Why Brands Need to Prepare for the Great Wealth Shift
We are on the precipice of the greatest wealth transfer in modern history. Over the next decade, Millennials and Generation Z will earn trillions of dollars from previous generations. Most businesses will need a strategy to attract young consumers, employees and investors. A brand refresh won’t be enough. Companies need to rethink their entire operating model and value proposition.
The historical relationship between brands and consumers has been transactional. Consumers bought products to meet a specific need, while brands sold goods in exchange for money. We bought cars to save time on commutes, food and drink to get nutrients and energy, and laundry detergent to keep our clothes clean.
In the 20th century, brands began to promote the emotional benefits of products to stand out from their competitors. Coca-Cola is associated with happiness, Apple with thinking differently and Nike with overcoming adversity. Today, brands must navigate a new dimension. Consumers buy products based on values and beliefs. At a time when most products perform the same function, people want to know the story of the brand and its impact on society.
Belief in mainstream brands supersedes religious faith and the decline of nation-state power. According to Gallup, rich countries rank highest in quality of life, while low-GDP countries rank highest in meaning. In Western countries, individualism is the dominant idea – further aggravated by virtual interactions and social isolation – young people seek a sense of collective belonging.
The search for meaning explains the explosion of brand communities. Young people no longer want to consume products. They want to actively participate in the creative process. Brands that can nurture a sense of collective ownership and self-expression will appeal to the next generation of consumers. However, most brands are designed for mass production and broadcast marketing. Building community requires a shift in mindset, letting go of creative control, and embracing agile methodologies.
Maintain your core audience
Most traditional brands walk a tightrope between retaining their target audience and attracting the next generation of consumers. Baby boomers and older generations control the majority of wealth and hold key positions in most organizations. On the other hand, Gen Z is now the largest generation in the world, with the fastest growing income of all generations. It’s a tricky puzzle.
Businesses need to connect with new audiences to build brand loyalty and lifetime customer value. But changing too quickly could alienate existing customers, especially when groups have differing needs and values. Young people want to know where brands stand on the causes that matter most to them. Just being too political could alienate baby boomers with considerable purchasing power. Meanwhile, playing it safe means you won’t appeal either.
The level of change will depend on the category, market share and target audience. It’s crucial for brands to conduct in-depth research on emerging audiences to determine the pace of change required. But for most brands, evolution is better than revolution. You don’t have to change everything overnight and risk eroding brand equity.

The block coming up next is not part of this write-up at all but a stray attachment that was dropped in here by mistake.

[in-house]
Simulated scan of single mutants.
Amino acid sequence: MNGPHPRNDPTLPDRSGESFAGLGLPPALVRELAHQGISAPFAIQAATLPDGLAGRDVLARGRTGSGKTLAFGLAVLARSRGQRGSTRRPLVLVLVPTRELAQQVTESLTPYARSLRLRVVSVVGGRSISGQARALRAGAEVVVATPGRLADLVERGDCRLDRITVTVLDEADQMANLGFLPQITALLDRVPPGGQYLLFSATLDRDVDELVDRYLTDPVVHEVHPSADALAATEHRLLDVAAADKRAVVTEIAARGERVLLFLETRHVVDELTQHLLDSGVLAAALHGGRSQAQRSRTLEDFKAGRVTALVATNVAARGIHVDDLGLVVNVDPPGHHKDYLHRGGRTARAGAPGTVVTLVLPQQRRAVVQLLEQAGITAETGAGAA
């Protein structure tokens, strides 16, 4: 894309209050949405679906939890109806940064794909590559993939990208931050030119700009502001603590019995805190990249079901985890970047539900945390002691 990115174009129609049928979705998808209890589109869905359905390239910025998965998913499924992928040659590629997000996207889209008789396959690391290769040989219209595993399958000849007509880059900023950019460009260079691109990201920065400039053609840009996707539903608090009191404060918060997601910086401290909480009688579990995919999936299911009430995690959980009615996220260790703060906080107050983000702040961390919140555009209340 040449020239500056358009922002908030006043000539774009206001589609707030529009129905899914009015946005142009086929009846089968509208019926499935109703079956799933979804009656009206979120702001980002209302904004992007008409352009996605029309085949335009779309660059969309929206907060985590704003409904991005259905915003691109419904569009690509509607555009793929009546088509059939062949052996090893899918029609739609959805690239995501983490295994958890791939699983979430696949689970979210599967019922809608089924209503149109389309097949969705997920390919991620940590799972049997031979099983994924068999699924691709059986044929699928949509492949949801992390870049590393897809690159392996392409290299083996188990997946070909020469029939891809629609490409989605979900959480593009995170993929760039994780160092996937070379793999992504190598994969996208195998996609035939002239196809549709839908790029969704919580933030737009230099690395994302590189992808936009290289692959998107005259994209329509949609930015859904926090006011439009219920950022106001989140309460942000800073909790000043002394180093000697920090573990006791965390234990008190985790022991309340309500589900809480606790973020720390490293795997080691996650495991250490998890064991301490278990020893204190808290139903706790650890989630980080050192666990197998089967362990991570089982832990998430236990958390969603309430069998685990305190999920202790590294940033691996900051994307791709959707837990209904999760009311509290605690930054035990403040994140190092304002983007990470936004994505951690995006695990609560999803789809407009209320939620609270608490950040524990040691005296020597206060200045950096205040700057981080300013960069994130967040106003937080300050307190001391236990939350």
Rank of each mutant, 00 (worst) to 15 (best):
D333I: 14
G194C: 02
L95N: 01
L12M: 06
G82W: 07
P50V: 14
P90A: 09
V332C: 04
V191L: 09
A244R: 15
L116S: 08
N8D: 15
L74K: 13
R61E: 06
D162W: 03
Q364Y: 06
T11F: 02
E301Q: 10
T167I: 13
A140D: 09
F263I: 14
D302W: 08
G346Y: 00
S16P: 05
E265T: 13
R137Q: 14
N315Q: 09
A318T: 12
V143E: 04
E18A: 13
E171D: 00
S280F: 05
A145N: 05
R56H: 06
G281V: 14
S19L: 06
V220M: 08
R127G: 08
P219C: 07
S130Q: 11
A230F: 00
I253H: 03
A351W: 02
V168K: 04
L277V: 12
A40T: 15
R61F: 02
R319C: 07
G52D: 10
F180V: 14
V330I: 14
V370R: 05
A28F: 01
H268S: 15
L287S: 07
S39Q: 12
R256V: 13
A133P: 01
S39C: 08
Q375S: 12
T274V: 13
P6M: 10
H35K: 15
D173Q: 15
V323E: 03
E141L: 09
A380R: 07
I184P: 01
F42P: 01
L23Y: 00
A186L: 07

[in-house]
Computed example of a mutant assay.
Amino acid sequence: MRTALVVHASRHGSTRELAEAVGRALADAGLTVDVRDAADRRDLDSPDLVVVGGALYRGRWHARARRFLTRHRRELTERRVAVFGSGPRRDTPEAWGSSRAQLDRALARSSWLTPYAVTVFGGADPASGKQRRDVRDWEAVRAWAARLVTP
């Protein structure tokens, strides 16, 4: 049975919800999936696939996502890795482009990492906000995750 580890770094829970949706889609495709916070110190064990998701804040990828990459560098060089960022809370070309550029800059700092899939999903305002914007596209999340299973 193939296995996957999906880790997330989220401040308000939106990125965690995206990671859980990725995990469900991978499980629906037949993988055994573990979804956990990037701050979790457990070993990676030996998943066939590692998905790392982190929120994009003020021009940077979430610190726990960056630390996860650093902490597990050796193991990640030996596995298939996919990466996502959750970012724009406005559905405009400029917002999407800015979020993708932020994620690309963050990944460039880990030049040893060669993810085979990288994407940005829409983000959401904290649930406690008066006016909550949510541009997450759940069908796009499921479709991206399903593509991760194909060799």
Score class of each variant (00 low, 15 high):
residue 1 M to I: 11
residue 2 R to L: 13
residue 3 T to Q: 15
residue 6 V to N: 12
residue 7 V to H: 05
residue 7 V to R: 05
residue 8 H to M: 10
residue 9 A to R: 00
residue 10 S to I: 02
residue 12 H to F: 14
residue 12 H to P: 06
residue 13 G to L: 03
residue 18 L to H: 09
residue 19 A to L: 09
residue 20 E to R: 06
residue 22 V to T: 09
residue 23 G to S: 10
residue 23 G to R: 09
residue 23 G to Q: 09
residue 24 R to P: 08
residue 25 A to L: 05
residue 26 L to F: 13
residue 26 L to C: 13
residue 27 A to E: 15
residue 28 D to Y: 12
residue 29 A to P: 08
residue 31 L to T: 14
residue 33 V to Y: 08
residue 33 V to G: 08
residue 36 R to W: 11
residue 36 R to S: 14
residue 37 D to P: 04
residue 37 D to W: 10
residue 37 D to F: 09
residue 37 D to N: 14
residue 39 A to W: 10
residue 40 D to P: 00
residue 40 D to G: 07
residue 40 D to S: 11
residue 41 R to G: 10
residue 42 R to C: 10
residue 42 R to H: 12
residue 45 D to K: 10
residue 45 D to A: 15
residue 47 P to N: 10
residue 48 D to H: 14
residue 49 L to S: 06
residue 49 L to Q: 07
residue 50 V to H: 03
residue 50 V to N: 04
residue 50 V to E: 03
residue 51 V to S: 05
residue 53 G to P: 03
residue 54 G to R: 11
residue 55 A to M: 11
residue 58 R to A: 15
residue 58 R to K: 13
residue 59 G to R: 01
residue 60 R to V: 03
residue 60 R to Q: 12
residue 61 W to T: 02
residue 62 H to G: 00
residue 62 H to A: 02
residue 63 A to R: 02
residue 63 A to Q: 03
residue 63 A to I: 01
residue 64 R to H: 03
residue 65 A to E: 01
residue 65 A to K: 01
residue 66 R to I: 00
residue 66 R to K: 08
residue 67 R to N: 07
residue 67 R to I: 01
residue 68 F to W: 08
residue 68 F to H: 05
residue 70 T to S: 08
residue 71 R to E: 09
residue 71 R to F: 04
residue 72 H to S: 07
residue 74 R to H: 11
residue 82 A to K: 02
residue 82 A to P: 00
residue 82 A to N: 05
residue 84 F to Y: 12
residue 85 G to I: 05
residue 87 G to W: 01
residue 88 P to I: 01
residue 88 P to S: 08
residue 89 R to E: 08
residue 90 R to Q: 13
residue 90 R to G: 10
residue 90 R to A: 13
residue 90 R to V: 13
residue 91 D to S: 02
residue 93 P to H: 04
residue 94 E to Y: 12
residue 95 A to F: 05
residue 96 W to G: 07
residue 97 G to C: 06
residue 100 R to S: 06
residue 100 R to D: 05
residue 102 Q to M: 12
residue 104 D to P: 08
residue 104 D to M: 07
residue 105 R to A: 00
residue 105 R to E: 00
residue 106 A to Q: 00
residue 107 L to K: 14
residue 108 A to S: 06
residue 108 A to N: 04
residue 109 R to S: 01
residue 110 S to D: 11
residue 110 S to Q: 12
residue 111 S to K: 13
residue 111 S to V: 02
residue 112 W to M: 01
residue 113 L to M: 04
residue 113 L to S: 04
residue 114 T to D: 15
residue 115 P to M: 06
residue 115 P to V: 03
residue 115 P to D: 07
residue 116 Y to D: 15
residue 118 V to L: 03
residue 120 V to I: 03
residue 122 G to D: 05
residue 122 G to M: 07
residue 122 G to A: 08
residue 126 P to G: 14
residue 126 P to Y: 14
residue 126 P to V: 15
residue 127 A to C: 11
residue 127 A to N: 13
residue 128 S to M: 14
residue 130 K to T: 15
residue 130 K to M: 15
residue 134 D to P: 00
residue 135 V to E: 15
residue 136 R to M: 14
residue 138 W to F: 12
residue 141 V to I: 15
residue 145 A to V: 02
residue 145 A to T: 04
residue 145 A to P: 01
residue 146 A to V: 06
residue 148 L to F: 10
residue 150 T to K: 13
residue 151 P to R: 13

Brands can experiment at the periphery with new products and business models without disrupting the core proposition or primary revenue stream. For example, in the UK, John Lewis announced its intention to become a landlord following the decline of department stores. The world’s largest jeweler, Pandora, has launched a collection of sustainable lab-grown diamonds. And Gucci accepts cryptocurrencies to attract Gen-Z consumers. The key is to expand the brand into new territories without harming the core business.
Explore new value propositions
The average age of an S&P 500 company is under 20, down from 60 in the 1950s. Only 28 of the original 100 companies remain listed on the FTSE 100. In a post-pandemic world, the survival of brands depends on the ability to translate emerging trends and consumer insights into business opportunities. A good question would be: what would your brand look like if it were invented today?
The first step in the journey is to break down barriers to innovation. Launching a pilot project is a great, low-risk and highly rewarding way to get started, unconstrained by legacy thinking and habitual protocols. Brands should embrace a test and learn culture where the primary goal is to learn from experience. There are many ways for brands to future-proof their business. Like launching sub-brands or new products based on changing consumer behavior. Others include working with new agencies, consultants, and non-convention startups. After all, new thinking requires new partnerships.
One of the most powerful methods is to co-create with your audience and build a community of brand advocates. Another option is to form a youth advisory board to provide new outside perspectives to complement your existing board of directors. Creating a youth advisory council cannot be a public relations exercise. It means listening to young and diverse voices and having uncomfortable conversations. But as a result, your business will be more future-ready and relevant to younger generations.
The Great Wealth Transfer represents a unique opportunity for brands to capture the hearts and minds of young consumers, employees and investors. On the other hand, it poses a substantial existential risk for brands that fail to adapt to the speed of change. In business, as in life, change is difficult but doesn’t have to be painful. The future belongs to companies that can build communities, co-create with new audiences, and innovate at the periphery before scaling up.